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  • Just How Good Are You?

    Tuesday, April 16, 2013

    There are things we all know we should do or at least we’ve been told we should do them. But just how good are you at getting them all done? Here’s a quick test. How many of these can you answer “yes” to?

    • You have your teeth cleaned every six months.
    • You pay every bill on time and in full every month.
    • You hit the gym at least 5 days a week… and do a full exercise routine.
    • You visit your doctor for a full physical twice a year.
    • You keep track of your intake of calories, fats, and proteins… every day.
    • You drink eight glasses of water every day.
    • You take your car in for an oil change every 3000 miles… or 7000 miles.

    Did you do pretty well? How about this one?

    • You pay close attention to retirement plans you left behind at former employers by studying the investment choices and making rational changes in line with your long term needs.

    If I got you on that one, then you should consider a retirement plan rollover to a MutualWealth Management IRA.

    More and more of us work for multiple employers throughout our careers and we end up with multiple retirement plans left behind. Even if you only had one employer you may have several plans that were offered at different times throughout your career. You don’t have to be retired to do a rollover. If you have terminated employment any retirement plan at that employer is eligible to roll over to an IRA.

    The most important reason to roll over to a MutualWealth IRA is for our professional services including helping you to establish investment goals, management of the day-to-day investment decisions, ongoing monitoring, record-keeping and keeping you informed.

    There are a lot of other things to consider before doing a rollover. For instance, company stock held in a retirement plan such as an ESOP or 401(k) generally should not be rolled to an IRA because you may end up paying more tax on it than necessary.

    If you’re over age 55 but under 59 ½ when you retire you can access retirement plan assets without the 10% early withdrawal penalty. This isn’t available in an IRA.

    Another feature not available to IRAs is that if you work past age 70 ½ you can defer taxable required minimum distributions until you do retire (unless you own more than 5% of the company).

    On the other hand, a MutualWealth IRA has advantages in addition to our services that aren’t available in company retirement plans. The possible investment choices are much greater and include individual stocks and bonds; you can withdraw money prior to age 59 ½ for education expenses for you or a dependent without the 10% penalty; and an IRA can allow you to stretch the tax deferred growth of your assets out over generations of your heirs.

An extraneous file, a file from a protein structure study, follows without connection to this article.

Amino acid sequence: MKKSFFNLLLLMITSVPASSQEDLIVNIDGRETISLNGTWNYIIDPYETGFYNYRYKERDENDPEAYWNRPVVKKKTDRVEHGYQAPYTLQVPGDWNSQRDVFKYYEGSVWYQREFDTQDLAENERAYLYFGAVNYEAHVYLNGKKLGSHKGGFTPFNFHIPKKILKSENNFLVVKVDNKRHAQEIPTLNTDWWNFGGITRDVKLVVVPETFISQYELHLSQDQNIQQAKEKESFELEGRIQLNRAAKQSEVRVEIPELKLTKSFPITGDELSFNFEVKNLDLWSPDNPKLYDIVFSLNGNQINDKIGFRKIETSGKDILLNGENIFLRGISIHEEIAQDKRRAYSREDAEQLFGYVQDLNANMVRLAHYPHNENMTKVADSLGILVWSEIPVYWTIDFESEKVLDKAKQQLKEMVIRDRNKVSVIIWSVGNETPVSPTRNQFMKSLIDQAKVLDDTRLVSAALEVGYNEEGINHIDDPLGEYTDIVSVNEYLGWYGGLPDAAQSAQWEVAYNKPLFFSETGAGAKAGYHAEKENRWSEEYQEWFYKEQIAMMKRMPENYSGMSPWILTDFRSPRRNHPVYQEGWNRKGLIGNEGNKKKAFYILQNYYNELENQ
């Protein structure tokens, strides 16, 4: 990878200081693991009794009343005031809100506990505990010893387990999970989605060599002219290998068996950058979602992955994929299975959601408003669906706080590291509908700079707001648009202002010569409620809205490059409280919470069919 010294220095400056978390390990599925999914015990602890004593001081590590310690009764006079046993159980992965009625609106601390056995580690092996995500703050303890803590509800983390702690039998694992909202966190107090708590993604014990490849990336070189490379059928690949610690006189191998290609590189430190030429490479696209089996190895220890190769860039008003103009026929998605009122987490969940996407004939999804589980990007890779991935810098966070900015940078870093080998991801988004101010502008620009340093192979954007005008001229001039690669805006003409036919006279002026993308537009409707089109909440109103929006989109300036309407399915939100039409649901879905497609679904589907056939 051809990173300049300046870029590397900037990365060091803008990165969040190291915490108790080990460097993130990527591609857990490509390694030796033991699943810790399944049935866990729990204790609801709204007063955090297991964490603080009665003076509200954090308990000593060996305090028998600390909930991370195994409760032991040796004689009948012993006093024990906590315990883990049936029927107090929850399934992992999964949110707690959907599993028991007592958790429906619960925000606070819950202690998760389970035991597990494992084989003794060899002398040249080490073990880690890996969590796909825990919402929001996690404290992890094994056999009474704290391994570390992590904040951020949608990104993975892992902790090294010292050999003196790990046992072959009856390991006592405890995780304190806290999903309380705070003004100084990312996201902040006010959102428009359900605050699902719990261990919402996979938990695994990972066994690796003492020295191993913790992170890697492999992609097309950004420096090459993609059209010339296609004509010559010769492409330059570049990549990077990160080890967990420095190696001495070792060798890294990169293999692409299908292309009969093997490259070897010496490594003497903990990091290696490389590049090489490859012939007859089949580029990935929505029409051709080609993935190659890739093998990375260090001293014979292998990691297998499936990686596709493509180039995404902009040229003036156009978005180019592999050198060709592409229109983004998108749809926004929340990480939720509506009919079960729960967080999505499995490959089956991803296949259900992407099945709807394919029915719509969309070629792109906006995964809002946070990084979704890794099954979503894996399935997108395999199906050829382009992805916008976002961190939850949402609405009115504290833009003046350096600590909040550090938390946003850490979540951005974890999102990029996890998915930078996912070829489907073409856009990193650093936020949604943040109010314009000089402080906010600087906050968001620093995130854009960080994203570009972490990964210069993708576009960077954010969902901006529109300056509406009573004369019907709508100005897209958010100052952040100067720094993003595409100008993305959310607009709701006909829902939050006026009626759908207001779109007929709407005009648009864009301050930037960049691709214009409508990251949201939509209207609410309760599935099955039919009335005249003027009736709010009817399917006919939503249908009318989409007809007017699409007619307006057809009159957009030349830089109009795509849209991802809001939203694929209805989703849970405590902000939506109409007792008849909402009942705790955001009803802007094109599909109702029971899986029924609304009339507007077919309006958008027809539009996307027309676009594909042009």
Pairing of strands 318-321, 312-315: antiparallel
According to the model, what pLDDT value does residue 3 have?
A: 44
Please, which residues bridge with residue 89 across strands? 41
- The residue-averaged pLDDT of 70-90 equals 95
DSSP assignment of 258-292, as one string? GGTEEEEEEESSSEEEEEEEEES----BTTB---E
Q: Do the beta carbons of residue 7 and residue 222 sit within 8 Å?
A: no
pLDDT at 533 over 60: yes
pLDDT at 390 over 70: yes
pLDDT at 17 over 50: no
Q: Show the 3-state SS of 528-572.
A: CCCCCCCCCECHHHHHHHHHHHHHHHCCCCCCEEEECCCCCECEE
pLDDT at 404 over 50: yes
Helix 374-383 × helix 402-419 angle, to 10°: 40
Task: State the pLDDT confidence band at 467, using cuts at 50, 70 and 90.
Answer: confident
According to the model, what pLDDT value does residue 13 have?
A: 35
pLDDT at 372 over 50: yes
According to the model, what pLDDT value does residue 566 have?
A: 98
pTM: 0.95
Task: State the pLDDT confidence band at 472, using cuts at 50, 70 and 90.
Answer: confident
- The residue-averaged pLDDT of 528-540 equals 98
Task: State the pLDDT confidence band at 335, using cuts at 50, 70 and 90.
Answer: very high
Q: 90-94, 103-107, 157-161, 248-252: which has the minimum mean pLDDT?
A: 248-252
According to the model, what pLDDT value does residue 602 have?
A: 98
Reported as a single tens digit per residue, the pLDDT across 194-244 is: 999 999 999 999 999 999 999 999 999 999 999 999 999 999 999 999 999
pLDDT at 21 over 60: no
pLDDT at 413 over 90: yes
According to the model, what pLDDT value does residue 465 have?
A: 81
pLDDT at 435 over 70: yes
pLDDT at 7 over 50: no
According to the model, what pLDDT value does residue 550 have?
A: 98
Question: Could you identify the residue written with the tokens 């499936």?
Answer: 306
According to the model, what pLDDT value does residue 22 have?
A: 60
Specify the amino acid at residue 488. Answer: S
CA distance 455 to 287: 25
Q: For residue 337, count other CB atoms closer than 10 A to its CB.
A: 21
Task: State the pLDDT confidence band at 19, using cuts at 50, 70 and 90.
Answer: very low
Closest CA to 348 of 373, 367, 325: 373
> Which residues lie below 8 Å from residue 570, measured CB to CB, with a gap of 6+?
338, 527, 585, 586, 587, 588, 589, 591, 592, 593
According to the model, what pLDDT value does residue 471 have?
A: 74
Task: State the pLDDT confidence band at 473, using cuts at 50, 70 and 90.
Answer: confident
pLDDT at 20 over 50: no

Let’s face it. We just don’t do all the things we’re supposed to do. It’s too easy to put off complicated decisions like a retirement plan rollover. MutualWealth can help weigh the pros and cons so you make the right choice. That’s another way we help you live a better life.

    David Riggs is Vice President and Trust Investment Officer with
    MutualWealth Management Group.

  • A Few Potential Tax Savings Reminders

    Wednesday, April 10, 2013

    It is once again that dreaded yet unavoidable time of year…tax time. While many taxpayers have already filed their 2012 tax return, many more are still gathering information and preparing to submit their returns. As the deadline approaches, we at MutualBank would like to take an opportunity to send a couple of reminders and highlight some potential tax-saving efforts for which customers may be eligible.

    First of all, make sure you have received all of your important tax documents for the year. If you have a mortgage or consumer loan, an IRA or Health Savings Account, or an interest-bearing deposit account like a CD or Savings account, then you will most likely have a corresponding tax document for each of those accounts. In addition, review your tax documents for accuracy. We want to make sure that our records match your records to ensure error-free reporting. If you have any questions or concerns about the tax documents you have received, or if you think you should have received one and didn’t, our Customer Support team will be glad to help resolve these situations.

    This time of year also presents opportunities to maximize your tax return for the previous year. Customers who have an IRA or a Health Savings Account may still be able to make contributions to count towards last year’s taxes. The IRS allows this as a way to take advantage of maximum contribution limits and the potential tax-deductibility of many contributions. The tax-filing deadline (April 15) is also the deadline for these prior year contributions, so eligible customers wishing to make use of this opportunity should stop by their local Financial Center at the earliest convenience.